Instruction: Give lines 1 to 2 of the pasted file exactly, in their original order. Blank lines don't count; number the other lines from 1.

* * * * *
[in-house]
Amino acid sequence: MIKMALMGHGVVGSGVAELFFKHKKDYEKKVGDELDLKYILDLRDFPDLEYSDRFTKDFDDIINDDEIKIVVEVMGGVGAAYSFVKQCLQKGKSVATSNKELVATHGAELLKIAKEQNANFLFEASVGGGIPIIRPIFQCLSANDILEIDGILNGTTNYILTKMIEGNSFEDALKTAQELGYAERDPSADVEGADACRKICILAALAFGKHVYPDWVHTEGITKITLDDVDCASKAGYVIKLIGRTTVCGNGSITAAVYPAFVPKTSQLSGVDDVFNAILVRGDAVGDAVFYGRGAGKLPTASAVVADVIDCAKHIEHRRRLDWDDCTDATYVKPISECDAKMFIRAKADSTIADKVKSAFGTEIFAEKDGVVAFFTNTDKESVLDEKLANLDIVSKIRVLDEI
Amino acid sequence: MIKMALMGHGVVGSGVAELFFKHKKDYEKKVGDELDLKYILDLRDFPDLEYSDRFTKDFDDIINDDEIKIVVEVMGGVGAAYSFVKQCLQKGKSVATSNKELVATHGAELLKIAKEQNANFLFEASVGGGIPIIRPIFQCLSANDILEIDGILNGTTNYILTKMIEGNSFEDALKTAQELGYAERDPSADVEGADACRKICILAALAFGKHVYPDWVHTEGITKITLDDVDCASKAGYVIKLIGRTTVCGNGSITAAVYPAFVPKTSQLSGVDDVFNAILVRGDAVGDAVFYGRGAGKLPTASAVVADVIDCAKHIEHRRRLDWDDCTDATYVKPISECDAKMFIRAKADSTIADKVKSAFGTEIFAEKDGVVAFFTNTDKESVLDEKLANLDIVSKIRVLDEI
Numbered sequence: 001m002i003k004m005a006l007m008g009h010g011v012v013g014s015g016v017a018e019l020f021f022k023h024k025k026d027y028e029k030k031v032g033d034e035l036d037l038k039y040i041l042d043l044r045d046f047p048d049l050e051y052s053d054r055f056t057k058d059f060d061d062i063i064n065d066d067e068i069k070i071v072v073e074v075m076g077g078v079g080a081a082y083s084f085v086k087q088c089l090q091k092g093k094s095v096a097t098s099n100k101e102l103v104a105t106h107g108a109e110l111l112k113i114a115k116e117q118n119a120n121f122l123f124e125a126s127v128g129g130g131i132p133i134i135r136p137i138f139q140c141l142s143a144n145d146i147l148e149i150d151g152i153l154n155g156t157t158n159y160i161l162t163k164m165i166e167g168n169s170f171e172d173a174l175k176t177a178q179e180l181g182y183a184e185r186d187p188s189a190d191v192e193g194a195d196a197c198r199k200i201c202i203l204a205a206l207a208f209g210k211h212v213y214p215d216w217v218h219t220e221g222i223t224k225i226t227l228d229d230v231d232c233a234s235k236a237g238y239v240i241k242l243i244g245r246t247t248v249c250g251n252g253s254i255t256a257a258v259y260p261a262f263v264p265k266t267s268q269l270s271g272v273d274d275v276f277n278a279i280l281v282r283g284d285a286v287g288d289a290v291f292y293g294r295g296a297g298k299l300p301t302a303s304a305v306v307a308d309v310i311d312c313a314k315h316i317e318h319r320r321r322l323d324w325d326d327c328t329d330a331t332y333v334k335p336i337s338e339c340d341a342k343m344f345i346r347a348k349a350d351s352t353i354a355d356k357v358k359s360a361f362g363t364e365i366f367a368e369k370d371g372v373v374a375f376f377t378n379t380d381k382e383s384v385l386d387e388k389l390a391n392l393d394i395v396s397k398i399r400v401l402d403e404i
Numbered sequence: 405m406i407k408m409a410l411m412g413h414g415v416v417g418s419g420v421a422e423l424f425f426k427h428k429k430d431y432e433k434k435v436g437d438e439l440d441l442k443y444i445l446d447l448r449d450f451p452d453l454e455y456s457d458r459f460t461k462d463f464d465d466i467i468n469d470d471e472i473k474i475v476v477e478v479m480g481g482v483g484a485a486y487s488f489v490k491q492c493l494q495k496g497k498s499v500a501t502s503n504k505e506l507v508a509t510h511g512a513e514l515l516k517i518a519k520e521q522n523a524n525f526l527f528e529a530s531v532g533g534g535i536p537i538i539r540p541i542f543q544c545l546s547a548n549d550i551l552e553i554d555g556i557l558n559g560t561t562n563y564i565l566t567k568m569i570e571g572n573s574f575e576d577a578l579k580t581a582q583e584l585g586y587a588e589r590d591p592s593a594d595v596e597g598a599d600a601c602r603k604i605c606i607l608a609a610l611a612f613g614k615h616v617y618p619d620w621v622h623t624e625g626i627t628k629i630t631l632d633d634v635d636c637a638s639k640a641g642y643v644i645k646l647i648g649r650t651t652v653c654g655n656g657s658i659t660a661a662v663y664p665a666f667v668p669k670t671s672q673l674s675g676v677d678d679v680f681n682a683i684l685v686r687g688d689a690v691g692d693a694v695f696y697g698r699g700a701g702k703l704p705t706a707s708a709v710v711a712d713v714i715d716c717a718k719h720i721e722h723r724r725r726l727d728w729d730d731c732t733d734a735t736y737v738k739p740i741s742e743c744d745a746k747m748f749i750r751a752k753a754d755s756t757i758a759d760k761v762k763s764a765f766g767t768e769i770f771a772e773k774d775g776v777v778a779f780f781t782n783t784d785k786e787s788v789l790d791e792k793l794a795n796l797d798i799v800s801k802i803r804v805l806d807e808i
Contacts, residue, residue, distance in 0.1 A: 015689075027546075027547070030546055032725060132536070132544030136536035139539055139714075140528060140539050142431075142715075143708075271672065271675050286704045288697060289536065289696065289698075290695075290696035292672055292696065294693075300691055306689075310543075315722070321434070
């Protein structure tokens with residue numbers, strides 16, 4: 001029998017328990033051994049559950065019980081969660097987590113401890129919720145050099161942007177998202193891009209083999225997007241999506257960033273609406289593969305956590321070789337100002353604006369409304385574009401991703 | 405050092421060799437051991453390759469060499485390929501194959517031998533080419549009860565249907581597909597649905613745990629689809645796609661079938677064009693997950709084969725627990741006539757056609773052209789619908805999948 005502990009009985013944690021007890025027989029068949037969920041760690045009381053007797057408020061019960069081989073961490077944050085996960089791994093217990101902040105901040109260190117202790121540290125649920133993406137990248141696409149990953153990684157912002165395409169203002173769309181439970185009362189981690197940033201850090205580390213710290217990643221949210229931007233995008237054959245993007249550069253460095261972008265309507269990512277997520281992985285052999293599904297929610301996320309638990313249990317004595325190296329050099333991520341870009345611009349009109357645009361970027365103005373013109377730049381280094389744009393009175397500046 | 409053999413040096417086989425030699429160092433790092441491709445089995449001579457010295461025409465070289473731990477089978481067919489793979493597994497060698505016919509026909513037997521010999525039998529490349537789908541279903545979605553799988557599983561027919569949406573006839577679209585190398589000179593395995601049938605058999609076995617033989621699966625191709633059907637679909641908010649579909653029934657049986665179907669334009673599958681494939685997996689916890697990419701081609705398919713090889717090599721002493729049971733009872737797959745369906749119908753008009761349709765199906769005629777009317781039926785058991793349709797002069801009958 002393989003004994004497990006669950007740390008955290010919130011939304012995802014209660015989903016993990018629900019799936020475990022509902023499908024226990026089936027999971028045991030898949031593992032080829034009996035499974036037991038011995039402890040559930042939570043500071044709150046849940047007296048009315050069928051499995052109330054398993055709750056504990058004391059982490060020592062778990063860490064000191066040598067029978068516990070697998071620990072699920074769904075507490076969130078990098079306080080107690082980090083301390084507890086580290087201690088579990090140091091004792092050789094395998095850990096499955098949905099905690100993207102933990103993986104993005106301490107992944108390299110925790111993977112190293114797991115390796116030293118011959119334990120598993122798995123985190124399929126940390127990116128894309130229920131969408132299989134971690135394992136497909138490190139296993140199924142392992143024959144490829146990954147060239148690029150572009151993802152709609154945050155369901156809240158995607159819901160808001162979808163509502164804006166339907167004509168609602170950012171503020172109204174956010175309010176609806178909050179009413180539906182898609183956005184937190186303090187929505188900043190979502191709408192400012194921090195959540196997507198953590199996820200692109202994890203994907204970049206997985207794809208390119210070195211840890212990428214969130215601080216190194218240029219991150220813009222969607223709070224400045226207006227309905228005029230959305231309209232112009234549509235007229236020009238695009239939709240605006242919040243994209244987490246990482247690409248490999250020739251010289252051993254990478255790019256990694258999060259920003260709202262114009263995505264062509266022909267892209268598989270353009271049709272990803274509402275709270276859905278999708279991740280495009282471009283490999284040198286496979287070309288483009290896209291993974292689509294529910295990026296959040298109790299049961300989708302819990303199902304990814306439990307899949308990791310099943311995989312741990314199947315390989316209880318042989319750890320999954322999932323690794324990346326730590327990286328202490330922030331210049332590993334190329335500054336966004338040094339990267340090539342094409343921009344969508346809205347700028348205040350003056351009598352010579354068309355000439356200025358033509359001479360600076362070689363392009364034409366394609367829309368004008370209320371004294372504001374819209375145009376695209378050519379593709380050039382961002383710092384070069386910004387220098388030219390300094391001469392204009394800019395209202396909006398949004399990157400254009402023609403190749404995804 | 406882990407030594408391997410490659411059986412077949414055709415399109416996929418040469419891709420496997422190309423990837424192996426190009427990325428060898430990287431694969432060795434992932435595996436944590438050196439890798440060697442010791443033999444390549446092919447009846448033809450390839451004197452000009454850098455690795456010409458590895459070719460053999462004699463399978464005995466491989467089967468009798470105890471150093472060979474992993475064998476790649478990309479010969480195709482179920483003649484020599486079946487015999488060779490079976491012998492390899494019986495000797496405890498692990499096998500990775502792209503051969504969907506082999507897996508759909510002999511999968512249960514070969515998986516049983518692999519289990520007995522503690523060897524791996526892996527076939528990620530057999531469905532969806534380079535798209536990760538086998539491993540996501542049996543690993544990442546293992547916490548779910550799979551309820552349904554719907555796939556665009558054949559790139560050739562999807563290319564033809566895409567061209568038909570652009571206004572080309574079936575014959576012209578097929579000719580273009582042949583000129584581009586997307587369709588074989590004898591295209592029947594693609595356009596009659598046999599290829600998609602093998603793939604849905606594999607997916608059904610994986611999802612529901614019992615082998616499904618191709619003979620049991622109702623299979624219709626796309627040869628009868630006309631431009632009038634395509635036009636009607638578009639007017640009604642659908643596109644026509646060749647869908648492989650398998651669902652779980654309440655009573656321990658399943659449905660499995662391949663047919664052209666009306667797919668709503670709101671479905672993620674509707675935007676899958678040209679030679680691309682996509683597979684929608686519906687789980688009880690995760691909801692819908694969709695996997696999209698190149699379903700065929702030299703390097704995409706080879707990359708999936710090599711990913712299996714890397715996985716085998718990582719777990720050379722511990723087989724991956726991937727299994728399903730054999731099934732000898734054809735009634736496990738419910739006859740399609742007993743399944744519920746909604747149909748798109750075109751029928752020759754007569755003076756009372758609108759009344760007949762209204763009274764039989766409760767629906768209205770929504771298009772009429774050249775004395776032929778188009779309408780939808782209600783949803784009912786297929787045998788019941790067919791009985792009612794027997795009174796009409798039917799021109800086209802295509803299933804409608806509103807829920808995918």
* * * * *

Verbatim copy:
[in-house]
Amino acid sequence: MIKMALMGHGVVGSGVAELFFKHKKDYEKKVGDELDLKYILDLRDFPDLEYSDRFTKDFDDIINDDEIKIVVEVMGGVGAAYSFVKQCLQKGKSVATSNKELVATHGAELLKIAKEQNANFLFEASVGGGIPIIRPIFQCLSANDILEIDGILNGTTNYILTKMIEGNSFEDALKTAQELGYAERDPSADVEGADACRKICILAALAFGKHVYPDWVHTEGITKITLDDVDCASKAGYVIKLIGRTTVCGNGSITAAVYPAFVPKTSQLSGVDDVFNAILVRGDAVGDAVFYGRGAGKLPTASAVVADVIDCAKHIEHRRRLDWDDCTDATYVKPISECDAKMFIRAKADSTIADKVKSAFGTEIFAEKDGVVAFFTNTDKESVLDEKLANLDIVSKIRVLDEI